emotional connection with consumers

How to Make an Emotional Connection With Consumers Through Your Website

In Leadership by Jennifer TomlinsonLeave a Comment

Fifty milliseconds. That’s all the time it takes for someone to establish an opinion about your website, and that opinion will go on to inform that person’s impression of your brand. It’ll also affect that potential customer’s every subsequent action—or inaction, at that. So how do you make an emotional connection with consumers?

That’s why dynamic design is so important to a website. People make an almost instantaneous assessment of a brand upon their initial interactions with the site. They decide then and there whether it’s worth the time to make any sort of investment. If the visual and content elements don’t align with expectations, the visitor won’t likely stick around — or return. This is where an emotional connection with consumers comes into play.

Elements of Good Design

For a website to connect with a target audience, even at a base level, its visuals must match that of the industry. Let’s say you work in construction: Your website should have correlating imagery to reassure prospects that they’ve arrived at the right place.

As far as content goes, the language should be common to that of your prospects. Sure, it may get a bit jargony at times, but you really want to speak in the vernacular of your target audience. You also want to use terms or phrases that make an emotional connection with consumers and capture attention, especially when it comes to headings and subheadings.

Besides all that, you’ll want to speak to their pain. Feel free to pose the problem and then explain — in a roundabout way, of course — how your products or services are the perfect solution. It’s all showing that you understand where they’re coming from: You get it, and that’s why you’re the best option.

LS Retail has the perfect balance between visual and content elements on its site. You know right away what services it provides — and for what industries. The messaging speaks to the pain of its potential customers, and it tells readers what to expect in its services: one software solution for commercial businesses.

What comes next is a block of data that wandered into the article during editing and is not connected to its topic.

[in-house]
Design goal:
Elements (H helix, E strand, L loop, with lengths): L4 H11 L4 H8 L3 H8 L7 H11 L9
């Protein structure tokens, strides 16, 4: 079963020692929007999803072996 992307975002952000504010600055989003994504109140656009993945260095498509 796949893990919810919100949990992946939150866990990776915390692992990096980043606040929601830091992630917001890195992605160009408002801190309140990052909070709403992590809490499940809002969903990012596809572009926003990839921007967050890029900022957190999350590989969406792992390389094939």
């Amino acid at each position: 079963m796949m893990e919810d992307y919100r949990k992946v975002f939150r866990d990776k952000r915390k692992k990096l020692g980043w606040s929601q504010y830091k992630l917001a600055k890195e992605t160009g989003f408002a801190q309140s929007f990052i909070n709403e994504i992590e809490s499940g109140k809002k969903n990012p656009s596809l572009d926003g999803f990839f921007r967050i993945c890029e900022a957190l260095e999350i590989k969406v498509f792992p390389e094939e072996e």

Of course, getting it right isn’t particularly easy. It can be difficult to find the balance necessary to make an emotional connection with consumers, capture attention and encourage a purchase or other call to action. The following are often the best options to start:

  1. Tap into the motivation. There’s always a reason people seek out a given website. For some, it’s information. Others will want advice. You’ll also find those who frequent websites solely for inspiration. Determine the reason for the visit and leverage the emotions most closely associated with it. If, for example, visitors want information about products or services, one option is to use reassurance.
  2. Share your story. Consumers want transparency from brands — so much so that 9 out of 10 consumers would stop buying from a brand that lacks transparency. In an effort to become more transparent, divulge your brand story. Just make sure it’s authentic. Consumers can feel when brands are manipulating them, especially their emotions. When up-front and honest, you’re more likely to make an emotional connection with consumers that will instill trust.
  3. Keep content consistent. Many brands use the hit-and-run approach to engagement. They strike an emotional connections with consumers through an advertisement, but all other content lacks the same weight. Craft a narrative of sorts in each interaction between brand and consumer to engage on an emotional level. Otherwise, consumers will just lose interest.
  4. Encourage participation. It’s one thing to encourage consumers to provide feedback about your brand. It’s another thing entirely to encourage them to participate in the narrative of your brand. That’s where you’ll find the emotional connection with consumers. Embolden consumers to explore and interact with your brand. Give them access to information and let them choose where they want to go on their customer journeys. Doing so not only puts them in the driver’s seat, but also provides you with insights into what they care about most.
  5. Optimize with data. As you get to know your audience members, you’ll want to refine your messaging to better resonate with them. Look at the metrics to gain insights into what’s working, and then go back and optimize the content that isn’t. After all, marketing is a process that requires continual adjustment to ensure you make and maintain a connection with your intended audience.

Connecting with consumers isn’t a one-and-done endeavor. If you can engage with people via your website, you still must maintain those connections with each subsequent interaction. It’s like any other relationship in your life: It takes time and effort to make it really work.

Plenty of brands are masters of website engagement. What websites resonate with you?

The original version of this article was first published on The Marketing Scope.

Jennifer Tomlinson

Jennifer Tomlinson is Senior Manager of Channel Marketing at Microsoft. She leads partner marketing efforts to help companies manage their current customers and grow their customer base. Jennifer has more than 20 years of experience in implementing successful, scalable marketing strategies for product, audience, and channel marketing in enterprise and small- and medium-sized businesses.
Jennifer Tomlinson

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